Kettle – I will boil the kettle to an appropriate temperature which will kill any productions in the leaf.
3 Beakers – The beakers act as container and the beaker also helps me to measure the amount of water.
9 Test tubes – This will measure the amount of different substances on an accurate scale.
Ethanol – This will remove chlorophyll from the leaf and destroy the waxy layer (cuticle) on the leaf’s surface.
Petri dish – This will provide the surface area for the reaction to take place. I t also acts as a store to keep the leaf on.
Iodine –This will react with starch to indicate the colour change in the leaf. The iodine will indicate whether there is starch present in the leaf.
Water – The water will be provided from the tap, this water will be boiled in the kettle. This hot water will also be used to sterilise all the apparatus after.
3 Lights – to ensure that the lamps don’t become over used because this could lead to heat.
Clamp – The clamp will hold the lamp, this will make sure that the light is shone evenly on the leaf.
Forceps – This instrument will be used to pick up and move the leaf from A to B.
Safety Glasses – This protect my eye from any corrosive substances I may come across while doing my experiment.
Before I started my experiment all leafs were left untouched.
Step 1: Set up all apparatus needed. Previously the plant was left in a normal room temperature for 24 hours.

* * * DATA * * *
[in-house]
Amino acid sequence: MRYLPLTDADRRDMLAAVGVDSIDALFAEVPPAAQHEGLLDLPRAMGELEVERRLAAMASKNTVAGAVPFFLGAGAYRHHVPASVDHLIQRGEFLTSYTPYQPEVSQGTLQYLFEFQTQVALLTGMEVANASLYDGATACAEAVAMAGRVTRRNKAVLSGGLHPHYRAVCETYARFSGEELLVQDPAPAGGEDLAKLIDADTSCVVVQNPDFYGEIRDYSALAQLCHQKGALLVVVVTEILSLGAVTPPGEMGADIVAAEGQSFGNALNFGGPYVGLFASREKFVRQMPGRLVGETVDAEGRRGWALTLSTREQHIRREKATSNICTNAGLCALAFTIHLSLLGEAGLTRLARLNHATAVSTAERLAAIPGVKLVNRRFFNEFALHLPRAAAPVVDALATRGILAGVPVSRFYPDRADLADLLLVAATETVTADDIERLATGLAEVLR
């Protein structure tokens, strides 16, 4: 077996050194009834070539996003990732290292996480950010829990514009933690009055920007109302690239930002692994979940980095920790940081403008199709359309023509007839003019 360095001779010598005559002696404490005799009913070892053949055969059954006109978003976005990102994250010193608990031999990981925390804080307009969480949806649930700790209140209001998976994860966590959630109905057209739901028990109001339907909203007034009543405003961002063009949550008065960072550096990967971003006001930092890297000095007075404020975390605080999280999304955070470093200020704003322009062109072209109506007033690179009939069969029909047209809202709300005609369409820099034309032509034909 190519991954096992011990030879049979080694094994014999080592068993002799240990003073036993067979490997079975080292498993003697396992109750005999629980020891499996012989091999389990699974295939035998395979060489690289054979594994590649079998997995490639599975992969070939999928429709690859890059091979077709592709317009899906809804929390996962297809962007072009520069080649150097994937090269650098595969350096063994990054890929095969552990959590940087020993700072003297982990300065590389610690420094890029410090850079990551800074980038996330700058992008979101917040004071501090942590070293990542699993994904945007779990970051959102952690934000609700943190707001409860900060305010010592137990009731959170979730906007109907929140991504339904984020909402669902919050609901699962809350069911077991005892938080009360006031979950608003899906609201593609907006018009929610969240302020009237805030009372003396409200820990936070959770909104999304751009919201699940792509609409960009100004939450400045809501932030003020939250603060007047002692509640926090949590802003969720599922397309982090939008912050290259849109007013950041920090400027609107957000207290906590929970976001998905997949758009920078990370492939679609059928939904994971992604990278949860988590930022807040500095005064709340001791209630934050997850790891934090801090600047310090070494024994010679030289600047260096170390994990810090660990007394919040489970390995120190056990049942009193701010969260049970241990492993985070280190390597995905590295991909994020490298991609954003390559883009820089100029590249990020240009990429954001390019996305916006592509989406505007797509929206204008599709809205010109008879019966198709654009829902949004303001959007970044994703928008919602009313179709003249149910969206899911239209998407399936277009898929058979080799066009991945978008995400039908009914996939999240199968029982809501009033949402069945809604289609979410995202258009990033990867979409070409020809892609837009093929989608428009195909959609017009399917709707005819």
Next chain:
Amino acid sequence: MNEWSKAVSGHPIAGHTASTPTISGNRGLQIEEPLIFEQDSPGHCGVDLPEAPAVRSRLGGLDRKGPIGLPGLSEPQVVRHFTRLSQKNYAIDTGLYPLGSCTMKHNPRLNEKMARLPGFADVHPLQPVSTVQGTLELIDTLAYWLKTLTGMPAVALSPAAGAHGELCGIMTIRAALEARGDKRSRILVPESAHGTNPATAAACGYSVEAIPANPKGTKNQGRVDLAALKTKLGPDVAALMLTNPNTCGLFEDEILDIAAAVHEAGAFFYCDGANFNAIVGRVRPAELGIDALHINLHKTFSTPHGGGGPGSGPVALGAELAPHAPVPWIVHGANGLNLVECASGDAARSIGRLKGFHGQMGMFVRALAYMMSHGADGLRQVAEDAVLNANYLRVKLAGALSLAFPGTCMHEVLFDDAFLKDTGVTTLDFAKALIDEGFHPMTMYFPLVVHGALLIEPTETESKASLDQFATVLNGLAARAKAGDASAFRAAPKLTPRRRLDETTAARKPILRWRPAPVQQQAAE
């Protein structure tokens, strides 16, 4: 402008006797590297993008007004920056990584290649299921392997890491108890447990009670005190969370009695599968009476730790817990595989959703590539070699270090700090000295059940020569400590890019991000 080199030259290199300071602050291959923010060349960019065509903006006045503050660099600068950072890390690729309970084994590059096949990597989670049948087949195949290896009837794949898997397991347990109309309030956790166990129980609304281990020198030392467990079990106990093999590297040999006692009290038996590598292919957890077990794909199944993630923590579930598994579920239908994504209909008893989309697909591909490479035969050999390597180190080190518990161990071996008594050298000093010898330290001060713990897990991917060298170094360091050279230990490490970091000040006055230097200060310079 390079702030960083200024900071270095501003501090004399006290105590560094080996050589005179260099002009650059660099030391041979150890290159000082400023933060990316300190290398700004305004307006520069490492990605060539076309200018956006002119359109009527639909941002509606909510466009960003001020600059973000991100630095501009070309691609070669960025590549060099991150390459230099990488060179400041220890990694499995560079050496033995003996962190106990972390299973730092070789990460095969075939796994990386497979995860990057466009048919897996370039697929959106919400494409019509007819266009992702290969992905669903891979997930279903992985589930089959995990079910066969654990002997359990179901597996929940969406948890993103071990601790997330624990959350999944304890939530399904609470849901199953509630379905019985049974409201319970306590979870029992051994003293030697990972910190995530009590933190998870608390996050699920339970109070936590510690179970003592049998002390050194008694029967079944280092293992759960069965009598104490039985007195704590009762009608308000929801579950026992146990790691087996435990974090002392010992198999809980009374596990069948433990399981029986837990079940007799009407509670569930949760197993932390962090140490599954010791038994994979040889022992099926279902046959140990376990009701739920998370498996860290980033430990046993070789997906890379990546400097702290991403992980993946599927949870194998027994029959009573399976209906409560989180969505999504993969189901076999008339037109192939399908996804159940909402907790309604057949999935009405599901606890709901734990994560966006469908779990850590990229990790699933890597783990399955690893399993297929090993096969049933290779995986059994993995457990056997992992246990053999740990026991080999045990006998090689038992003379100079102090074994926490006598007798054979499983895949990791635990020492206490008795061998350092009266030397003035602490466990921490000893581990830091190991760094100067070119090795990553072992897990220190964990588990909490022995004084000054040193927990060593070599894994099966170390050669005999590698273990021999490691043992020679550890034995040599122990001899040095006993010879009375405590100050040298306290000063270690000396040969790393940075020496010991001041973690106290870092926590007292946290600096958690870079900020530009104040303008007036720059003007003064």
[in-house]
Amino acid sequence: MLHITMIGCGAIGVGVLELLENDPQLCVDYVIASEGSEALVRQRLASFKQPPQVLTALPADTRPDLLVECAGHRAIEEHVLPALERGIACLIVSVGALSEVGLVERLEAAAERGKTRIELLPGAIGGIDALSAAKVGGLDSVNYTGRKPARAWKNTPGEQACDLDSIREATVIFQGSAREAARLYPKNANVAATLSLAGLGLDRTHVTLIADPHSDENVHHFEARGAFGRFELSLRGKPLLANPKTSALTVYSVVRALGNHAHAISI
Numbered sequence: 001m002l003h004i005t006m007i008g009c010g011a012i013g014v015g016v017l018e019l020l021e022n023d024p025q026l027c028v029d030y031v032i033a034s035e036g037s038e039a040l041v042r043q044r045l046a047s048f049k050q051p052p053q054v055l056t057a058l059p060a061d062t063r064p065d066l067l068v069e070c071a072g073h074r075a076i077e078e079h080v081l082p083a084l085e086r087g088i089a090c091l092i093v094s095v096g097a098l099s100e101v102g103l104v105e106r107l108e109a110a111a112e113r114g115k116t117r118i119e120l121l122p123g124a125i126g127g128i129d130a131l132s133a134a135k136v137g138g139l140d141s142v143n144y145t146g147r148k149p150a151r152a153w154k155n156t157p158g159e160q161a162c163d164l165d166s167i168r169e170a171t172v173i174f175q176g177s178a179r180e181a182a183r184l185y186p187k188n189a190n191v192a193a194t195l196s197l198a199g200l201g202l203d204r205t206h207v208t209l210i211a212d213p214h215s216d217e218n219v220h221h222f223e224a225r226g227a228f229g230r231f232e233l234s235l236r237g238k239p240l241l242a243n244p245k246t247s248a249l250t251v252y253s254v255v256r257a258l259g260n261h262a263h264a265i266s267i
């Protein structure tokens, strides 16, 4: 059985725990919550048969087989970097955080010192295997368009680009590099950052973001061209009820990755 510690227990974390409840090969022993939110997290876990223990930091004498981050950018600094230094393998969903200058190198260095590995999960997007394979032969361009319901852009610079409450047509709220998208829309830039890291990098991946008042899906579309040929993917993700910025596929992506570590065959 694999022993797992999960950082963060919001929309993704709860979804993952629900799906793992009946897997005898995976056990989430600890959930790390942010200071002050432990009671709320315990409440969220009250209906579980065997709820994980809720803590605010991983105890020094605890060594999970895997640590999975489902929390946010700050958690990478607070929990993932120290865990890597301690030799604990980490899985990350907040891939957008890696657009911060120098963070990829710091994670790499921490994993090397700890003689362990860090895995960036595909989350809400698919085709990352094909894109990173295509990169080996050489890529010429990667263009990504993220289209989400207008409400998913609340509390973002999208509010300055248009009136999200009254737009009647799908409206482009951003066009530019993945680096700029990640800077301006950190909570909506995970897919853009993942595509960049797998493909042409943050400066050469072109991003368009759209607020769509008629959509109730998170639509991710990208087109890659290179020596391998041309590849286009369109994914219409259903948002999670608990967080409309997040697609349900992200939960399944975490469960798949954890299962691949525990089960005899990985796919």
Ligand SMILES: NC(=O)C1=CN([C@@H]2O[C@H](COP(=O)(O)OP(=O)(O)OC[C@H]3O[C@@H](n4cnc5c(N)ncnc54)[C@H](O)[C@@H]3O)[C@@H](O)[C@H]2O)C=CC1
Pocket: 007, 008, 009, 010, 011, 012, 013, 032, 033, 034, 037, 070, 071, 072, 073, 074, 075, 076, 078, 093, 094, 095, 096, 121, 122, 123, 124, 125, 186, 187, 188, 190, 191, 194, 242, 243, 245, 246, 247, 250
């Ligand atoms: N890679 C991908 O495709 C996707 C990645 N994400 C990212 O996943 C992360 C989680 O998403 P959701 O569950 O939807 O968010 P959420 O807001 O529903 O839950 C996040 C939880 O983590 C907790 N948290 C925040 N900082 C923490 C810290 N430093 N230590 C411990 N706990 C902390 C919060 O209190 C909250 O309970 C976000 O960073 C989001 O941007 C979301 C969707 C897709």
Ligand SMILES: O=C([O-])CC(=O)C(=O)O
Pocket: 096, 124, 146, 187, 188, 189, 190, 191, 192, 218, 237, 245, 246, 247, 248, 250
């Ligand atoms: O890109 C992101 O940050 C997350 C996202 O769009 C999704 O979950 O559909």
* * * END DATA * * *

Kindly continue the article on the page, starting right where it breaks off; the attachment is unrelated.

Step 2: Boil the water for the appropriate time. Pour 20 cm of water in a beaker, after this remove four leafs at random from a plant (preferably the greenest) then use forceps to hold the leaf and transfer it into the beaker containing 20 cm of hot water..
Step 3: Add approximately 5 cm of ethanol in each test tube and place each of the leaves in it. The ethanol will destroy the chlorophyll on the surface area of the leaf.
Step 4: Place each of the test tubes in a beaker filled with boiled water for 2 minutes
Step 5: After the 2 minutes remove each of the plants from the ethanol and thoroughly cleanse the leaf with cold water and forceps. This will prevent the leaf reacting with iodine that is going to be added.
Step 6: Spread each on a Petri dish and add the required amount of iodine needed to change the colour of the leaf.
My range of readings will be ranged from 10-30cm.
We can write the overall reaction of this process as:
6H2O + 6CO2 ----------> C6H12O6+ 6O2
Photosynthesis is the process which produces food for plants. This food is stored in the plant as glucose; this food is then converted into starch. Before this process happens plants need certain criteria for them to produce starch. The most important criteria are light energy from the sun.Chlorophyll is a green photosynthetic pigment found in plants.The chlorophyll absorbs the light energy from the sunlight combining with carbon dioxide and water to produce glucose.The glucose can them be used for various activies to help sustain the plant.The main prurpose is to use the glucose and convert it into starch which can then be used for food purposes.